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The Norse Discovery of America, by A.M Reeves, N.L. Beamish and R.B. Anderson, [1906], at


A. D. 1011.


Now began people again to talk about expeditions to Vinland, for voyages thereto appeared both profitable and honourable. The same summer that Karlsefni came from Vinland, came also a ship from Norway to Greenland; this ship steered two brothers, Helgi and Finnbogi, and they remained for the winter in Greenland. These brothers were Icelanders by descent, and from Austfjord. It is now to be told that Freydis, Erik's daughter, went from her home at Garde to the brothers Helgi and Finnbogi, and bade them that they should sail to Vinland with their vessels, and go halves with her in all the profits which might be there made. To this

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they agreed. Then went she to Leif her brother, and begged him to give her the houses, which he had caused to be built in Vinland; but he answered the same as before, that he would lend the houses, but not give them. So was it settled between the brothers and Freydis, that each should have thirty fighting men in the ship, besides women. But Freydis broke this agreement, and had five men more, and hid them; so that the brothers knew not of it before they came to Vinland. Now sailed they into the sea, and had before arranged that they should keep together, if it could so be, and there was little difference, but still came the brothers somewhat before, and had taken up their effects to Leif's houses. But when Freydis came to land, then cleared they out their ships, and bore up their goods to the house. Then said Freydis: "Why bring ye in your things here?" "Because we believed," said they, "that the whole agreement should stand good between us." "To me lent Leif the houses," quoth she, "and not to you." Then said Helgi: "In malice are we brothers easily excelled by thee." Now took they out their goods, and made a separate building, and set that building further from the strand, on the edge of a lake, and put all around in good order; but Freydis had trees cut down for her ship's loading. Now began winter, and the brothers proposed to set up sports, and have some amusement. So was done for a time, until evil reports and discord sprung up amongst them, and there was an end of the sports, and nobody came from the one house to the other, and so it went on for a long time during the winter. It happened one morning early that Freydis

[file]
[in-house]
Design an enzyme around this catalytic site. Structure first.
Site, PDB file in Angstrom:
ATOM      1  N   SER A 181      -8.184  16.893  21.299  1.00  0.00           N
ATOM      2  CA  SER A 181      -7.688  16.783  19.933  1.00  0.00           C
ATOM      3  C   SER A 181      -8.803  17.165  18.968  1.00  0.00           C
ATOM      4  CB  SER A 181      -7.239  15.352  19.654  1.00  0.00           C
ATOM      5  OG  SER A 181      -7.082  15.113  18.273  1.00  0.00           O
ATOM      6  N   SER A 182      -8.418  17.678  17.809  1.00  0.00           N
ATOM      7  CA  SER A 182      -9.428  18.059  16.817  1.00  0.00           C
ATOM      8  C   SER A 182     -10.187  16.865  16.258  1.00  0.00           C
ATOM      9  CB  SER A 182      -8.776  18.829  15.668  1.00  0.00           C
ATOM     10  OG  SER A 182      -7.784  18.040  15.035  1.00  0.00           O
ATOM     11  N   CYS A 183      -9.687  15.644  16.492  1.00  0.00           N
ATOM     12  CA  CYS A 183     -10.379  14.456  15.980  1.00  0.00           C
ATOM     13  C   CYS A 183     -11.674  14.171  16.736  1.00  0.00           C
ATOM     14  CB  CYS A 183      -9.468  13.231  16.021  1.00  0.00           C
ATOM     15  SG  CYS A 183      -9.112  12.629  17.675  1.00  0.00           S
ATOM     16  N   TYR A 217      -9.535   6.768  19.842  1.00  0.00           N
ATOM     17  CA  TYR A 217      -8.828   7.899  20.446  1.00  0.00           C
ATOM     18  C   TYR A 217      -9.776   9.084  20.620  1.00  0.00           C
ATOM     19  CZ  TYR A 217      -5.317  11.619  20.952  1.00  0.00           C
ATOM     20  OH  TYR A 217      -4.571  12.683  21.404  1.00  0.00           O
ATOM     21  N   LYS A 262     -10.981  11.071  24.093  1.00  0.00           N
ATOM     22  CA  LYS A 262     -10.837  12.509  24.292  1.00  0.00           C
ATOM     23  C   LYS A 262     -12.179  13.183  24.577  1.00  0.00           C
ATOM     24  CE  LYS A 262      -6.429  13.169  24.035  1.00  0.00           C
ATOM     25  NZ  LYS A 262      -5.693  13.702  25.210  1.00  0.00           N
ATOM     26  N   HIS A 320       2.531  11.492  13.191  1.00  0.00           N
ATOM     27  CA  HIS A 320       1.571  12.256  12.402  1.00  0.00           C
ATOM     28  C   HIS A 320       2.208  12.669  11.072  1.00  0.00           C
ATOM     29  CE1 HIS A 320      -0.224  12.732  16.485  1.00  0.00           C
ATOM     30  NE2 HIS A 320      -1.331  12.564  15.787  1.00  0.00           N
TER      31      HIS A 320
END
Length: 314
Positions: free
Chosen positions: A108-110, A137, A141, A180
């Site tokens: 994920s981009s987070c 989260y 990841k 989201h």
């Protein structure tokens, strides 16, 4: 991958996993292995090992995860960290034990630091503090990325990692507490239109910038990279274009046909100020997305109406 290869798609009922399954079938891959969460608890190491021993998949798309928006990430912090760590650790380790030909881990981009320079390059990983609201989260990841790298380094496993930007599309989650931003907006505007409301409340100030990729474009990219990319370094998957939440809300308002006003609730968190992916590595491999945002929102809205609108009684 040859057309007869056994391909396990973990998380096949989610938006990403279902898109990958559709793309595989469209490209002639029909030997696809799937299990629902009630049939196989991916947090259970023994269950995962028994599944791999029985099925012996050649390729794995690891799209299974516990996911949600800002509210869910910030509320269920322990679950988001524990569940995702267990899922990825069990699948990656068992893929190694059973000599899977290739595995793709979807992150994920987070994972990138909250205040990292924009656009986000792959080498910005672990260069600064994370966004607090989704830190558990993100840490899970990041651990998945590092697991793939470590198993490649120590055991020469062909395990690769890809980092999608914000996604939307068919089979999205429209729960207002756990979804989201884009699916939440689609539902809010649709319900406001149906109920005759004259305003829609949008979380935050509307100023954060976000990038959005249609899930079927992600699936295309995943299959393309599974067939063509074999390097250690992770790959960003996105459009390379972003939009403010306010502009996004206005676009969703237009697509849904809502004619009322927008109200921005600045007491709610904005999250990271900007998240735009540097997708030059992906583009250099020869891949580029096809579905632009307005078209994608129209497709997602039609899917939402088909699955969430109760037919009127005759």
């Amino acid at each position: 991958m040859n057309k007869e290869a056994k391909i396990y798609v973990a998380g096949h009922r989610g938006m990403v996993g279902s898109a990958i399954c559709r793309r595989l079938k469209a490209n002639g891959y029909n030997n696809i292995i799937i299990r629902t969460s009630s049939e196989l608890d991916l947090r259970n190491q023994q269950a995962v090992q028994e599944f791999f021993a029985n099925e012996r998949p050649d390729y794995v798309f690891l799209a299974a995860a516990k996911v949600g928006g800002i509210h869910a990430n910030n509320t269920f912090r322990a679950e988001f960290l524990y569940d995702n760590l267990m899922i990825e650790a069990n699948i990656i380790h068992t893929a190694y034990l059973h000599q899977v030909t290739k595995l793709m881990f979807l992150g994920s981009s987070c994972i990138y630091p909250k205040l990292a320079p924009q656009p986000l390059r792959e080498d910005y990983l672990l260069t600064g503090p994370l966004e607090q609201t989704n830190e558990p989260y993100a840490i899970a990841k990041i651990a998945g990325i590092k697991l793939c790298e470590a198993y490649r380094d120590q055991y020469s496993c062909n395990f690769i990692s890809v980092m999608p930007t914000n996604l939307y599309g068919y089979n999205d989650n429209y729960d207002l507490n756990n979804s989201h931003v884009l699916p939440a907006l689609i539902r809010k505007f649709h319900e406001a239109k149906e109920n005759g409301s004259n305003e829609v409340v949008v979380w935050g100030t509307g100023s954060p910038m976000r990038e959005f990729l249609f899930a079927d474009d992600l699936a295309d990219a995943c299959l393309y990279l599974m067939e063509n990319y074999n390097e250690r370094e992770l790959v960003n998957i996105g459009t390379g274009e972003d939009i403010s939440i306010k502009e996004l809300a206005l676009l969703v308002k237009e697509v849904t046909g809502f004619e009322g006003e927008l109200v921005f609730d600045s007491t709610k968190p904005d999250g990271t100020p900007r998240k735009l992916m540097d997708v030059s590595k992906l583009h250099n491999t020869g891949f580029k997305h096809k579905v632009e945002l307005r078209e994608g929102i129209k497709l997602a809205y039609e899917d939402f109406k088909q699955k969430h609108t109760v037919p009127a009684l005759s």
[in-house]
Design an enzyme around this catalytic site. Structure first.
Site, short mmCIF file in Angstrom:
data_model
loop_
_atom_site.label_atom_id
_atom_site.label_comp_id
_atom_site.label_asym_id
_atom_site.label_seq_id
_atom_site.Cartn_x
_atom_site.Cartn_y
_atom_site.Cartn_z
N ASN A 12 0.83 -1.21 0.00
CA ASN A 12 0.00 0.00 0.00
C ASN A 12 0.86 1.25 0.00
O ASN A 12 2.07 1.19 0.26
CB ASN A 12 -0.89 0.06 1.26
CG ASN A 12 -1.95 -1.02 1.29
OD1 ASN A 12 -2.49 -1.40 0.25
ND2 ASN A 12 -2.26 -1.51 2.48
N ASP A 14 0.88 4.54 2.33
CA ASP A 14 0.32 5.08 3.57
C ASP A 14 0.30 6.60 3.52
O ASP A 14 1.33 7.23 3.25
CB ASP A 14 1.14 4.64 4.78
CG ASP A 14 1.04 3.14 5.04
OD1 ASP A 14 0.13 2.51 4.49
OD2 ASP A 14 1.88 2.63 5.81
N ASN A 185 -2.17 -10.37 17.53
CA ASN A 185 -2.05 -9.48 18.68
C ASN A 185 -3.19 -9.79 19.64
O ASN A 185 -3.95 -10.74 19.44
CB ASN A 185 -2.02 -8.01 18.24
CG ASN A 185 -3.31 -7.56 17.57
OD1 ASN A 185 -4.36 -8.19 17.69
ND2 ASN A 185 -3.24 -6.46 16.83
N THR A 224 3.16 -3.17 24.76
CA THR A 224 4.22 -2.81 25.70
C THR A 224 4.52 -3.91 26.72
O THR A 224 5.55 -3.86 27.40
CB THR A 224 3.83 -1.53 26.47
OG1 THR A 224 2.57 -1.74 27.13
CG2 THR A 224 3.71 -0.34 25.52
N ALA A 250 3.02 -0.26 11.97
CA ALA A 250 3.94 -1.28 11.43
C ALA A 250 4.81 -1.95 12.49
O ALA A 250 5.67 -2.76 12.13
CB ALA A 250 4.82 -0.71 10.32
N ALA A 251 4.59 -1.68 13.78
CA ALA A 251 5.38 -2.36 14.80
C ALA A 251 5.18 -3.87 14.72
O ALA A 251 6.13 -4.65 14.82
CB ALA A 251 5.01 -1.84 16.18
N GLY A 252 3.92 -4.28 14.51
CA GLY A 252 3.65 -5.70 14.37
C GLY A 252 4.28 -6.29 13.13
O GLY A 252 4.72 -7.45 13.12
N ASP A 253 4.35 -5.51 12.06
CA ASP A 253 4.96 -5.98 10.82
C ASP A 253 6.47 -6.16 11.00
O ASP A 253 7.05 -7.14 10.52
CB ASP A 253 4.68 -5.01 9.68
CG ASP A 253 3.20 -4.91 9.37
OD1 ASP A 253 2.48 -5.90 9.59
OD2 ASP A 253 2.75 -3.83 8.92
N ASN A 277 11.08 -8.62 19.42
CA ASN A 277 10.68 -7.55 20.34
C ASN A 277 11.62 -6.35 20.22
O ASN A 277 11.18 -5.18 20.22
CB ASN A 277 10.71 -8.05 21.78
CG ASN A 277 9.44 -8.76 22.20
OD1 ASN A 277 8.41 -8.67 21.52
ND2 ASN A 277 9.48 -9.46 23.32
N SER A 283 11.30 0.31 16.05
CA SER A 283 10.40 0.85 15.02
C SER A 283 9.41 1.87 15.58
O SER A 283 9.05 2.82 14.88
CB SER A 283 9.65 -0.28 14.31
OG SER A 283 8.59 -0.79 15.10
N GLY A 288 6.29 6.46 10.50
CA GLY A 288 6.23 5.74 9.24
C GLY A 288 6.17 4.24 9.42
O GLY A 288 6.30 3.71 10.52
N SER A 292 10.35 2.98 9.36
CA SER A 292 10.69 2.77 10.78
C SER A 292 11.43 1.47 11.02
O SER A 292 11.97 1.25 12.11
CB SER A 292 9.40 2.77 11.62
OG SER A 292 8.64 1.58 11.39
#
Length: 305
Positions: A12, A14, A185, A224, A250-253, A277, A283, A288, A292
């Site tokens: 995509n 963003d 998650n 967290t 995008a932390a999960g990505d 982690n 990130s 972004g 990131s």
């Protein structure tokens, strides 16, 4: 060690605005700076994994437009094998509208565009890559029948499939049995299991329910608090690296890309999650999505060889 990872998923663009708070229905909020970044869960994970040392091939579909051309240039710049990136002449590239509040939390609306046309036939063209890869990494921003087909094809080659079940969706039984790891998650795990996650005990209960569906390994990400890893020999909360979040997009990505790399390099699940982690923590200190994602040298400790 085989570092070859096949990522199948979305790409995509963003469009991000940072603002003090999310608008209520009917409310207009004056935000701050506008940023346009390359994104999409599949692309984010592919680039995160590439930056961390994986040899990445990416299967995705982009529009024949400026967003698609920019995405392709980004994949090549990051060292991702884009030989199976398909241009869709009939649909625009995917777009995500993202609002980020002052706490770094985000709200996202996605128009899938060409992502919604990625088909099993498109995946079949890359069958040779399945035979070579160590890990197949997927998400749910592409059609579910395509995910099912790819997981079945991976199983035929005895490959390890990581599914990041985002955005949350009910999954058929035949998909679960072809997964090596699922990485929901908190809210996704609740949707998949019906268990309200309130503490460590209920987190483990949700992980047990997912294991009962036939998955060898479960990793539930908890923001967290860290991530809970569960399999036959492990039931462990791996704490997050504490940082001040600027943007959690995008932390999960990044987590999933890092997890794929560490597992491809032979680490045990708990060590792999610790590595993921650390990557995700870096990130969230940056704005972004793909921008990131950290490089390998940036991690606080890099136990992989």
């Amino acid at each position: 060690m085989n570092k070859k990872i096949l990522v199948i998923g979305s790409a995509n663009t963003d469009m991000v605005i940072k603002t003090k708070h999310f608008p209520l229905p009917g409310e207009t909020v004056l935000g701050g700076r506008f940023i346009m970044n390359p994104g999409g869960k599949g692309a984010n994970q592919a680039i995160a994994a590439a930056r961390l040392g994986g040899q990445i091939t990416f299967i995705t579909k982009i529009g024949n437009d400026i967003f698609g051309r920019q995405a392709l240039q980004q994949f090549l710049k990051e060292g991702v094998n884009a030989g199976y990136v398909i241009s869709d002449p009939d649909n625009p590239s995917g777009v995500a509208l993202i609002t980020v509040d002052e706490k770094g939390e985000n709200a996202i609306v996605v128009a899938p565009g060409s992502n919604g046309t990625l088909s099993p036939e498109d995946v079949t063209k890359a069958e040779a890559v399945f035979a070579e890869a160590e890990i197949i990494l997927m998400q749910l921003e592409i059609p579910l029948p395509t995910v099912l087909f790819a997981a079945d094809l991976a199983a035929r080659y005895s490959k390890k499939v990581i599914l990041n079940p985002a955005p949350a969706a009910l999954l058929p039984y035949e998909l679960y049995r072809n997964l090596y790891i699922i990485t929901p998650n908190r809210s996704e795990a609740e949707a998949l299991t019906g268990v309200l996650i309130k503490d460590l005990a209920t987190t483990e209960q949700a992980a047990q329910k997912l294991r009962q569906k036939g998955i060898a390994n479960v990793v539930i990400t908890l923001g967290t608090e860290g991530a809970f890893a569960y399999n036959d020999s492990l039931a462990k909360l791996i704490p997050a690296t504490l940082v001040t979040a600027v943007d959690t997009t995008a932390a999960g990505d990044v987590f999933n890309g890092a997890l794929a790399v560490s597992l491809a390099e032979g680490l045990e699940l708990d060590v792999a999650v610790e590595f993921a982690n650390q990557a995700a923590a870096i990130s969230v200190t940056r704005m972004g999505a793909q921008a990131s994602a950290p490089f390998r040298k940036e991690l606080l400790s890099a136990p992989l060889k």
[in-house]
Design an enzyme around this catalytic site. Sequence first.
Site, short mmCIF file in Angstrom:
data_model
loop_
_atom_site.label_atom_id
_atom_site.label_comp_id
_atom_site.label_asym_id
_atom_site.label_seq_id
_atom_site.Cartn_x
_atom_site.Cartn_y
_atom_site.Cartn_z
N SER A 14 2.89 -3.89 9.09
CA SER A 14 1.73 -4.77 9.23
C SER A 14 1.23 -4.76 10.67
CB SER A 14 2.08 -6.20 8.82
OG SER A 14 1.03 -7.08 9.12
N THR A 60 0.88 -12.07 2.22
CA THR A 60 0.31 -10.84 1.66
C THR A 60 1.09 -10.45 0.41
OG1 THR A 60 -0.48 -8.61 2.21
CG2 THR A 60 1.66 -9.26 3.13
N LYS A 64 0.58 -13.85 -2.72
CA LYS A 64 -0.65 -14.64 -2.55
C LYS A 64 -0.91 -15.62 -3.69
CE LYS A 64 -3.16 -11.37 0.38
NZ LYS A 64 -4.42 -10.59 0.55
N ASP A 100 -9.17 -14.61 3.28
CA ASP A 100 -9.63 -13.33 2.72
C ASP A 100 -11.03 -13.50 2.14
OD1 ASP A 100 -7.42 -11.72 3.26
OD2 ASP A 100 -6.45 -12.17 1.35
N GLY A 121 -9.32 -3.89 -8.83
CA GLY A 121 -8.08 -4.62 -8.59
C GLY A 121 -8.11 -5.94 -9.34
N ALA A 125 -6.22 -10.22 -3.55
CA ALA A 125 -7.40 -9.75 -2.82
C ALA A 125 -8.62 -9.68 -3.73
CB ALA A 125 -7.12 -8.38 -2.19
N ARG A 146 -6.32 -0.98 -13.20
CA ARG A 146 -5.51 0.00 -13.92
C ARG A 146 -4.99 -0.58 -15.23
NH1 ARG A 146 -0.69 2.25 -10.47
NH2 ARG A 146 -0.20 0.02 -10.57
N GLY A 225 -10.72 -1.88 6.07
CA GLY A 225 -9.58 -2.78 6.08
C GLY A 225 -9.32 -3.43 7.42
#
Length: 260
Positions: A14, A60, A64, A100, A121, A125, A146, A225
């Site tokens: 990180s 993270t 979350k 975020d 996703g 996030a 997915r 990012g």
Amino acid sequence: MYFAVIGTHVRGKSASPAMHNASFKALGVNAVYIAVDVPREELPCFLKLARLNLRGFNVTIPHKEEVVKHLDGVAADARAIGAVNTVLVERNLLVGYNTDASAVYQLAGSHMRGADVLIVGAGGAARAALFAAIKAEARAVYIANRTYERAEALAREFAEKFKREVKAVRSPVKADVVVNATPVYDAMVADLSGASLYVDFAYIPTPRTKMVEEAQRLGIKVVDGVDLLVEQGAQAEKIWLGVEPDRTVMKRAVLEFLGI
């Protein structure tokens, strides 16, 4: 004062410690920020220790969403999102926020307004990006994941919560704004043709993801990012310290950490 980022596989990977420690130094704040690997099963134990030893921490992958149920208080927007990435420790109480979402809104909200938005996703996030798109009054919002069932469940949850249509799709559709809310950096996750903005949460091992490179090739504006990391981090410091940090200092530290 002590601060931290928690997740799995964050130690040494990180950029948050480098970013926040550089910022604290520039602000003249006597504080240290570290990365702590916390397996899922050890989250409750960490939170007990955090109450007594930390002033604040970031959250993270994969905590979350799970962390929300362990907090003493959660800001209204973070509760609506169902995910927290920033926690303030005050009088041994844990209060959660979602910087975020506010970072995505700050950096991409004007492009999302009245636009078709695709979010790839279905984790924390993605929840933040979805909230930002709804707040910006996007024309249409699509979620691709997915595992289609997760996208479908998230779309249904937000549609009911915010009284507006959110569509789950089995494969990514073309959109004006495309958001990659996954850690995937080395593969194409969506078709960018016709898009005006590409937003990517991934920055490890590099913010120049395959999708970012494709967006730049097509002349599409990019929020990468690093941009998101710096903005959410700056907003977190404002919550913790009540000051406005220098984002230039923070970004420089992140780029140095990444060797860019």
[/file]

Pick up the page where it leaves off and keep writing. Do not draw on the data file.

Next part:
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got up from her bed, and dressed herself, but took no shoes or stockings, and the weather was such that much dew had fallen. She took her husband's cloak, and put it on, and then went to the brothers' house, and to the door; but a man had gone out a little before, and left the door half open. She opened the door, and stood a little time in the opening, and was silent; but Finnbogi lay inside the house, and was awake, and said: "What wilt thou here, Freydis?" She said: "I wish that thou wouldest get up, and go out with me, for I will speak with thee." He did so; they went to a tree that lay near the dwellings, and sat down there. "How art thou satisfied here?" said she; he answered: "Well think I of the land's fruitfulness, but ill do I think of the discord that has sprung up betwixt us, for it appears to me that no cause has been given." "Thou sayest as it is," said she, "and so think I; but my business here with thee, is that I wish to change ships with thy brother, ye have a larger ship than I, and it is my wish to go from hence." "That must I agree to," said he, "if such is thy wish." Now with that they separated; she went home, and Finnbogi to his bed. She got into the bed with cold feet, and thereby woke Thorvard, and he asked why she was so cold and wet. She answered, with much vehemence: "I was gone," said she, "to the brothers, to make a bargain with them about their ship, for I wished to buy the large ship; but they took it so ill that they beat me, and used me shamefully; but thou! miserable man! wilt surely, neither avenge my disgrace nor thine own, and it is easy to see that I am no longer in Greenland, and